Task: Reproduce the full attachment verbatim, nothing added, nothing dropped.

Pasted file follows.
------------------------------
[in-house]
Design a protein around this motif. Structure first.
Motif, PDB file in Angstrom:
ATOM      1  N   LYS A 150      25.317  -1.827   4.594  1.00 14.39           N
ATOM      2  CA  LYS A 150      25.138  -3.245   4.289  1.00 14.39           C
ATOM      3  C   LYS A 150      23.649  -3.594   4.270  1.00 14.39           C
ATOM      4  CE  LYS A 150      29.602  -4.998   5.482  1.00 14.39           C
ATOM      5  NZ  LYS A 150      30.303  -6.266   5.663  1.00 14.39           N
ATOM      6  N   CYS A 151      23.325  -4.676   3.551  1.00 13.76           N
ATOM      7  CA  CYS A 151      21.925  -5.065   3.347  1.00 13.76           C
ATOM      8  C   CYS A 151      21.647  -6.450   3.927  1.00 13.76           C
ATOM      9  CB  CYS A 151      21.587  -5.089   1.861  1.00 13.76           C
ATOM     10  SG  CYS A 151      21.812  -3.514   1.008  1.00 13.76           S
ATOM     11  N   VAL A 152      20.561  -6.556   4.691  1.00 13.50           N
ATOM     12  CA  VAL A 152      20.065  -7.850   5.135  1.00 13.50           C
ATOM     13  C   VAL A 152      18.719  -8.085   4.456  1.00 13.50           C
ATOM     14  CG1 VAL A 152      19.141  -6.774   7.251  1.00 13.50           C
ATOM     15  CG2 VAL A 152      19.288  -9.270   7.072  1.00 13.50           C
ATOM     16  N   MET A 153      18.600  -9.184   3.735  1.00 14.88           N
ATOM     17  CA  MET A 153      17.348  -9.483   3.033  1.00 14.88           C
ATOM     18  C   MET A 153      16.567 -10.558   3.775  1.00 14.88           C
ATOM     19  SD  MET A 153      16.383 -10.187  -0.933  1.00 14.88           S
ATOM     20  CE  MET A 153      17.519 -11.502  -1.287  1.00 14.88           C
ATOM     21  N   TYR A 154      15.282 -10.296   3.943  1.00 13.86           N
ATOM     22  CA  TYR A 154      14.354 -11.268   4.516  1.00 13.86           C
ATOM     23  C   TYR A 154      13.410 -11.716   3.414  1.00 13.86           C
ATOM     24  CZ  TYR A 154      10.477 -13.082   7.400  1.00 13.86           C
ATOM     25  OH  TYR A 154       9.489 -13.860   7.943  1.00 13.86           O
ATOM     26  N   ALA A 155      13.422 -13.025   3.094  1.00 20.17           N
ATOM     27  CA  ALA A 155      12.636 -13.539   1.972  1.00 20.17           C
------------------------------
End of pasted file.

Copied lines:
[in-house]
Design a protein around this motif. Structure first.
Motif, PDB file in Angstrom:
ATOM      1  N   LYS A 150      25.317  -1.827   4.594  1.00 14.39           N
ATOM      2  CA  LYS A 150      25.138  -3.245   4.289  1.00 14.39           C
ATOM      3  C   LYS A 150      23.649  -3.594   4.270  1.00 14.39           C
ATOM      4  CE  LYS A 150      29.602  -4.998   5.482  1.00 14.39           C
ATOM      5  NZ  LYS A 150      30.303  -6.266   5.663  1.00 14.39           N
ATOM      6  N   CYS A 151      23.325  -4.676   3.551  1.00 13.76           N
ATOM      7  CA  CYS A 151      21.925  -5.065   3.347  1.00 13.76           C
ATOM      8  C   CYS A 151      21.647  -6.450   3.927  1.00 13.76           C
ATOM      9  CB  CYS A 151      21.587  -5.089   1.861  1.00 13.76           C
ATOM     10  SG  CYS A 151      21.812  -3.514   1.008  1.00 13.76           S
ATOM     11  N   VAL A 152      20.561  -6.556   4.691  1.00 13.50           N
ATOM     12  CA  VAL A 152      20.065  -7.850   5.135  1.00 13.50           C
ATOM     13  C   VAL A 152      18.719  -8.085   4.456  1.00 13.50           C
ATOM     14  CG1 VAL A 152      19.141  -6.774   7.251  1.00 13.50           C
ATOM     15  CG2 VAL A 152      19.288  -9.270   7.072  1.00 13.50           C
ATOM     16  N   MET A 153      18.600  -9.184   3.735  1.00 14.88           N
ATOM     17  CA  MET A 153      17.348  -9.483   3.033  1.00 14.88           C
ATOM     18  C   MET A 153      16.567 -10.558   3.775  1.00 14.88           C
ATOM     19  SD  MET A 153      16.383 -10.187  -0.933  1.00 14.88           S
ATOM     20  CE  MET A 153      17.519 -11.502  -1.287  1.00 14.88           C
ATOM     21  N   TYR A 154      15.282 -10.296   3.943  1.00 13.86           N
ATOM     22  CA  TYR A 154      14.354 -11.268   4.516  1.00 13.86           C
ATOM     23  C   TYR A 154      13.410 -11.716   3.414  1.00 13.86           C
ATOM     24  CZ  TYR A 154      10.477 -13.082   7.400  1.00 13.86           C
ATOM     25  OH  TYR A 154       9.489 -13.860   7.943  1.00 13.86           O
ATOM     26  N   ALA A 155      13.422 -13.025   3.094  1.00 20.17           N
ATOM     27  CA  ALA A 155      12.636 -13.539   1.972  1.00 20.17           C